Canadian thought leader, Rodd Lucier, asked me the following question last week, and it has had me thinking ever since:
“What is the first thing that will be opened on the first day of school: the textbook or the stories?”
I remember clearly preparing for the first day of school at the beginning of my career. In those days, I would spend most of August in my classroom (much to the chagrin of our caretaking staff), preparing bulletin boards, photocopying worksheets and activities, designing curriculum tasks and devising complex incentive schemes. On the very last day of summer vacation, I would spend my time arranging desks in neat arrays, making sure that pencils were sharpened and that notebooks, textbooks and name tags were on every desk. I wanted to guarantee that when students walked in on the first day of school they knew that I had been diligently working on their behalf and that I was, indeed, ready to go.
I recall those First Days of School being characterized by a great deal of talking and a great deal of listening. Looking back, however, I know that I was the one who did most of the talking, and the students did most of the listening: listening to who I was and what my expectations were; listening to me outline the rules and procedures for the year. I thought that was the way to do it. I thought that was the way to establish control, rapport and student buy-in. I thought!
Fast forward twenty five years and my current method of preparation for that first day of school:
Bulletin boards are started but not complete. A large, blank piece of butcher paper runs along one entire wall of the classroom. Tables and desks are pushed to the side and the chairs form a large circle with several pieces of wood resembling a campfire as the centerpiece. A guitar leans up against one wall. I am ready to go.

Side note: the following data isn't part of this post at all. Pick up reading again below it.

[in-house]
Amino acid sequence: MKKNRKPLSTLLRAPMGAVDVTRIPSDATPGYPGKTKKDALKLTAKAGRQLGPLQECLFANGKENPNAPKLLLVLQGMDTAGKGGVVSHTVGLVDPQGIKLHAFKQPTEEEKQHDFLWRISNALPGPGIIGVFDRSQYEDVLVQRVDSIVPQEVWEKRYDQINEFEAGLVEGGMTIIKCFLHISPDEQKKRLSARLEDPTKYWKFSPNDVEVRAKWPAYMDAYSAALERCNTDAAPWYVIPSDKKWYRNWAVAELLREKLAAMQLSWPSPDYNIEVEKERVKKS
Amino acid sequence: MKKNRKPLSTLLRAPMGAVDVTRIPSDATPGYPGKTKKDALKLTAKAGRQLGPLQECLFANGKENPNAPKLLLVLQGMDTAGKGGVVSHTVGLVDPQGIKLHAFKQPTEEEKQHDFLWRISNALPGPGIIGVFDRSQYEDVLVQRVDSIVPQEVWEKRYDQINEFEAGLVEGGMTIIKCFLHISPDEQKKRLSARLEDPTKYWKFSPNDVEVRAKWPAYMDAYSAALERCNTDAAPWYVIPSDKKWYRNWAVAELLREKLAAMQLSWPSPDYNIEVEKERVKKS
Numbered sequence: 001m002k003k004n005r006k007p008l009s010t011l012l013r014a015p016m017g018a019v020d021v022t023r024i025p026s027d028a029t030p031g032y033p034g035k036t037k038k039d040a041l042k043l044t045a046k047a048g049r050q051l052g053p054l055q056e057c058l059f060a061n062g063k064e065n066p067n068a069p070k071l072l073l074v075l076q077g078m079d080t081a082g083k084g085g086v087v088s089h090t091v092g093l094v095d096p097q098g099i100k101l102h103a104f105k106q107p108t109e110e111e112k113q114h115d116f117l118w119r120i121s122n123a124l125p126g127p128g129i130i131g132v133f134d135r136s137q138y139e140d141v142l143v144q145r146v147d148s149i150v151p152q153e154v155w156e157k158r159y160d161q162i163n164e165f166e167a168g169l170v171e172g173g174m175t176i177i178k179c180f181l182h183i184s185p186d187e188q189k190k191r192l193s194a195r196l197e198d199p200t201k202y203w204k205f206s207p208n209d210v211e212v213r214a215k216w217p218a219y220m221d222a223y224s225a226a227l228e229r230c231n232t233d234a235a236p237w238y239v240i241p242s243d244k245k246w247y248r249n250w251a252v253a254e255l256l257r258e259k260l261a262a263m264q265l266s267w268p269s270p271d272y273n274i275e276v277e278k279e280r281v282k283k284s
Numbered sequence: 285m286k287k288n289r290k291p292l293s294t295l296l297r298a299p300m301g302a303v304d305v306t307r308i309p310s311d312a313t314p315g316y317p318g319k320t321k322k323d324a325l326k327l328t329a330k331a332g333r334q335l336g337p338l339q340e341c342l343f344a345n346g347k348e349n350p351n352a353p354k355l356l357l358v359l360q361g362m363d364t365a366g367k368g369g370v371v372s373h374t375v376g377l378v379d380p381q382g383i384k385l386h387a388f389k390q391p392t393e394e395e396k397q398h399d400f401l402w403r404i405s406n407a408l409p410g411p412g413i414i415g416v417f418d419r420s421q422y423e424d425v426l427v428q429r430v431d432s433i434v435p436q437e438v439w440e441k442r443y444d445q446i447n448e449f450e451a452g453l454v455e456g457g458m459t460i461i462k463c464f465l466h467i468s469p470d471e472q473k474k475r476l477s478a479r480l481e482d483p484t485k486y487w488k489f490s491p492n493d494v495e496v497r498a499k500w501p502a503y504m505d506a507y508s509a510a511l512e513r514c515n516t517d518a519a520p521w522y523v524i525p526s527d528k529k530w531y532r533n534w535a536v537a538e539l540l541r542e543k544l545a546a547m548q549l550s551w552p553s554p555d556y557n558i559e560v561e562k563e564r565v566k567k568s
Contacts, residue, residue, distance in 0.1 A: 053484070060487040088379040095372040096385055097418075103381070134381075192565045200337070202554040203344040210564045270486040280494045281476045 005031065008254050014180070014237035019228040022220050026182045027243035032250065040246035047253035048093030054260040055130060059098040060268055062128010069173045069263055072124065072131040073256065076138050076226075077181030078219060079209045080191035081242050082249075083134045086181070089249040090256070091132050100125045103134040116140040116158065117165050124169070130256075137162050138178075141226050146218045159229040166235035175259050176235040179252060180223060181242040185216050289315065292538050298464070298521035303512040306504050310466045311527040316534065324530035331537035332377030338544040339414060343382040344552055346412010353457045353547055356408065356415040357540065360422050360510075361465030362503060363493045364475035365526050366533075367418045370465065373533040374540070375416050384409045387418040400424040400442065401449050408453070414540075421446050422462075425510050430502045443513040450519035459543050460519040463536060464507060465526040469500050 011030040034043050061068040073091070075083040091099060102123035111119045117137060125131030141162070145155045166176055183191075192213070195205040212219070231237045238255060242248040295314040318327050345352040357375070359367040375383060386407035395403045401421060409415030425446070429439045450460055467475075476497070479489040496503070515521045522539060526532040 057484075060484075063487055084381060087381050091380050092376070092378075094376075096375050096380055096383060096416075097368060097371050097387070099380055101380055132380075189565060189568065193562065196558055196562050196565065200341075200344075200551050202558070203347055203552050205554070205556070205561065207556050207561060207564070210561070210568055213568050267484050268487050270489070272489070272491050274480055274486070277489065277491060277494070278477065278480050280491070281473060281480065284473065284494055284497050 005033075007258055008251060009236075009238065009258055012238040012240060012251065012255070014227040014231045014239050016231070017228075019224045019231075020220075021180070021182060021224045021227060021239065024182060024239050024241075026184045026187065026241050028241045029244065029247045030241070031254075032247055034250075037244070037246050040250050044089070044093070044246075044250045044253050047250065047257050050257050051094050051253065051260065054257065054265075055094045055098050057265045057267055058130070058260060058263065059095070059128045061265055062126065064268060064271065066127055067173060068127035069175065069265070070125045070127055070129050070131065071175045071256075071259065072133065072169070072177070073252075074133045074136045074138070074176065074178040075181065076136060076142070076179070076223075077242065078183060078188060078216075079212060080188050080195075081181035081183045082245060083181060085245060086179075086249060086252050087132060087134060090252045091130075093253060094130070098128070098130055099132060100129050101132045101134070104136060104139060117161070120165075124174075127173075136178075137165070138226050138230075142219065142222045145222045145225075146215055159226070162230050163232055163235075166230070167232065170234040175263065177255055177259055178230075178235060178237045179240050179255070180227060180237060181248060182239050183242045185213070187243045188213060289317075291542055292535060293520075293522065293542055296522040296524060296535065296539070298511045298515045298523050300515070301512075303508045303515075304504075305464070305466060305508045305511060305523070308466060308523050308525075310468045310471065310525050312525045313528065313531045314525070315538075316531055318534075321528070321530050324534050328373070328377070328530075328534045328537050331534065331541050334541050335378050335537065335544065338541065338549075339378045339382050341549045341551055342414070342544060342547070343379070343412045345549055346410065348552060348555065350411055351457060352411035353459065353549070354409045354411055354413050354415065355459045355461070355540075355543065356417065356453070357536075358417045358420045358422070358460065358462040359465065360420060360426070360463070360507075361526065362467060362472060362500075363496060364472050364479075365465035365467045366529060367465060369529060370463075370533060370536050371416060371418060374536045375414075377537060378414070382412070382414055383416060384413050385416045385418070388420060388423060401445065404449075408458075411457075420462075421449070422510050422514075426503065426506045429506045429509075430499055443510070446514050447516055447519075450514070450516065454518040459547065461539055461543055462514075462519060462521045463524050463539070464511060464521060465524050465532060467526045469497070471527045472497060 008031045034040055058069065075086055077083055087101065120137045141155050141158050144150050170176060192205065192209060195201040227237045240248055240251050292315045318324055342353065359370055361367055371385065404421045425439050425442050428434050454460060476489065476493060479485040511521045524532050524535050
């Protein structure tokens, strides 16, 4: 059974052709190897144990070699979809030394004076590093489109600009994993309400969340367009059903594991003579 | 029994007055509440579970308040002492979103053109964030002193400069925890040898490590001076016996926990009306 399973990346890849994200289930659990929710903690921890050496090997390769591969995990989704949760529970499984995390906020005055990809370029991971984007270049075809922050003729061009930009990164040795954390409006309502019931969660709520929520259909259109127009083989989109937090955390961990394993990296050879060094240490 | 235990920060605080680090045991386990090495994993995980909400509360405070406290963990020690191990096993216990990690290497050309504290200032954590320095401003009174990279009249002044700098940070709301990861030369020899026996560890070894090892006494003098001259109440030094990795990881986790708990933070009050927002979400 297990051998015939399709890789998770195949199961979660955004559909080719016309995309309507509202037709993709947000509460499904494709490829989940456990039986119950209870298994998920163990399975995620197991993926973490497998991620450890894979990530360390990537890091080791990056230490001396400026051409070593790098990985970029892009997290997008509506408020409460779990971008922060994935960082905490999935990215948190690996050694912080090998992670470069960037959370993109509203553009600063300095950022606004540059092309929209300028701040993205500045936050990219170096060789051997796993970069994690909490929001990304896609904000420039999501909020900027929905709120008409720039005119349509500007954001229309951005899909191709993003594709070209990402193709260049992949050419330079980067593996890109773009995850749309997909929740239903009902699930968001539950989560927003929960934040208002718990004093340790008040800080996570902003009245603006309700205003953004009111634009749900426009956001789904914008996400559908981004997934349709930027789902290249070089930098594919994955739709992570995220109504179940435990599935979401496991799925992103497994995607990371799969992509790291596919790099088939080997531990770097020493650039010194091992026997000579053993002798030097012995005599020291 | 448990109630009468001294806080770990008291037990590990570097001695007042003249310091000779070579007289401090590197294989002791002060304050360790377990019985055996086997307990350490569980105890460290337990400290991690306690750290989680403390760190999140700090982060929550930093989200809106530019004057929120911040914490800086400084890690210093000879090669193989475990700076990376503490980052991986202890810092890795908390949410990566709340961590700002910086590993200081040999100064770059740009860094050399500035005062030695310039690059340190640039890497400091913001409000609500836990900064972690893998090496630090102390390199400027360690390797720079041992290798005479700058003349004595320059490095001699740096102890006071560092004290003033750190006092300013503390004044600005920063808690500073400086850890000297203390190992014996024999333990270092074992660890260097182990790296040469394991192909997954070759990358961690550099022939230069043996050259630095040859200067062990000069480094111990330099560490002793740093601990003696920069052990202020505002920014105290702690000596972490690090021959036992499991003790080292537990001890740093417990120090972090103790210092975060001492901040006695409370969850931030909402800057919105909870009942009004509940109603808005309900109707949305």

It took me too many years to realize that I had been starting off on the wrong foot! The structures and infrastructures of school, while important, are not central to what my work is all about. Textbooks, bulletin boards, notebooks and all of the other scholastic trappings that my students and I are used to hiding behind are not what are essential to the ecology of my classroom.
For me, the core of teaching and learning has become the story: my story, my students’ story, story of our community and, indeed, our world. And if it’s true that our stories lie at the core of who we are as individuals, then why not recognize that in the way I begin my school year.
Our stories connect us to one another; our stories set us apart and allow us to express our uniqueness. Our stories allow us to relive both the highs and lows of life. Our stories allow us to express our hopes, dreams and our fears.
To take the time to open up our stories is to lay the foundation for empathic relationship which, I believe, is the cornerstone of any safe and nurturing environment.
So, the bulletin boards I begin are now designed to leave room for my students’ own creativity and insight. The butcher paper that runs along my classroom wall acts as a living, breathing record of what we learn and are thinking about on a daily basis. The tables and desks are sidelined in order to encourage openness and vulnerability. And the campfire? Well, that’s my new metaphor for teaching and learning, for it’s around the campfire that the art of living is played out: in story, in song, and in dance.
The textbooks—well, they still have a place in my teaching, but they won’t be seen for a while. If you walk into my classroom on the first day of school these days, the first things that you’ll see us open up are our stories.
So, come in, grab a chair around the campfire and get ready to learn!
Note: For a powerful example of how another teacher has adopted this approach on an ongoing basis, take a look at Children Full of Life a Passionate Eye documentary released several years ago.